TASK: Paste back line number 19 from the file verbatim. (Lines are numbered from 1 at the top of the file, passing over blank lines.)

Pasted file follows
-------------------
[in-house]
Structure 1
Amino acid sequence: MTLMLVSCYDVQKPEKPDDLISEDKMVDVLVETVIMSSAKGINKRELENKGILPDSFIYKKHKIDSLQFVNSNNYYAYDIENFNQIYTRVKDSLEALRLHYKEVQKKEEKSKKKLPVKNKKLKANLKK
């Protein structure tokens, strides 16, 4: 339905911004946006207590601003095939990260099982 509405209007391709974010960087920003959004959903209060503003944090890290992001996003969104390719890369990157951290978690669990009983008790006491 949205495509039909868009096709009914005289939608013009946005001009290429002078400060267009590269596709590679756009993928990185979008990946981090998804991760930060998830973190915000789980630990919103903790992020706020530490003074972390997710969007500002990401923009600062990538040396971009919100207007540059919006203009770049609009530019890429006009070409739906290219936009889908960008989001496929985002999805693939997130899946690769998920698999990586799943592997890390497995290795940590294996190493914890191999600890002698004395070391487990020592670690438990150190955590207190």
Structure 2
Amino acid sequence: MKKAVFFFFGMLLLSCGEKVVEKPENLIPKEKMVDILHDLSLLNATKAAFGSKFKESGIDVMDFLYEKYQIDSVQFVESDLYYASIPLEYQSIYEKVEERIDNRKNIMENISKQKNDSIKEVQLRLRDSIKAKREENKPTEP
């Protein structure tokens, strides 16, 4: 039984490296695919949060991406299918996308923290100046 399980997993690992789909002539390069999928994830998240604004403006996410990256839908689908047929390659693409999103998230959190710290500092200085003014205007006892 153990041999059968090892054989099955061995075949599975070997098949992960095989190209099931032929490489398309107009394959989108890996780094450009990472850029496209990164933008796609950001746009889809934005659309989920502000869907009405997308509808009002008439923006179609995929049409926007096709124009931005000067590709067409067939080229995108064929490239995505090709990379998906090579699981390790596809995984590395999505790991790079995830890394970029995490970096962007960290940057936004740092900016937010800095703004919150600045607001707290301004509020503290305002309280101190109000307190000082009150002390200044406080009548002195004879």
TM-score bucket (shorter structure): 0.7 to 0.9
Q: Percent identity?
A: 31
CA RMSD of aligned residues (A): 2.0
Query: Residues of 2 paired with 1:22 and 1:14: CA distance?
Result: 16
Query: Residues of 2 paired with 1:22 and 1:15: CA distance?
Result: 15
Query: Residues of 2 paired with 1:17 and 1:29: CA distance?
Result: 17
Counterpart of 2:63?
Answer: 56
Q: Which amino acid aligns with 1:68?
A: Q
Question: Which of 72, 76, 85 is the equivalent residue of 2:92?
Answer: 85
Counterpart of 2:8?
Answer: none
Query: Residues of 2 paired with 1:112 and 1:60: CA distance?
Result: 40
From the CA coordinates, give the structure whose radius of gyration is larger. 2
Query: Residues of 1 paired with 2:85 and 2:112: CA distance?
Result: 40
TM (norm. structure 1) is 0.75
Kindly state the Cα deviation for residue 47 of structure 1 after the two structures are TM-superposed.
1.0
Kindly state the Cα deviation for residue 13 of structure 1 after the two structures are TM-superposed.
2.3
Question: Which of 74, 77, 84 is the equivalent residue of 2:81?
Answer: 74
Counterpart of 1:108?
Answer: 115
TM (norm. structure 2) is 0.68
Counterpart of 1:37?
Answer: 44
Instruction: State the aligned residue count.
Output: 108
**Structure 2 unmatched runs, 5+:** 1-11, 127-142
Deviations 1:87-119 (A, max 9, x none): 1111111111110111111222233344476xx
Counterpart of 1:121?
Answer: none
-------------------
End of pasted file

Answer: 56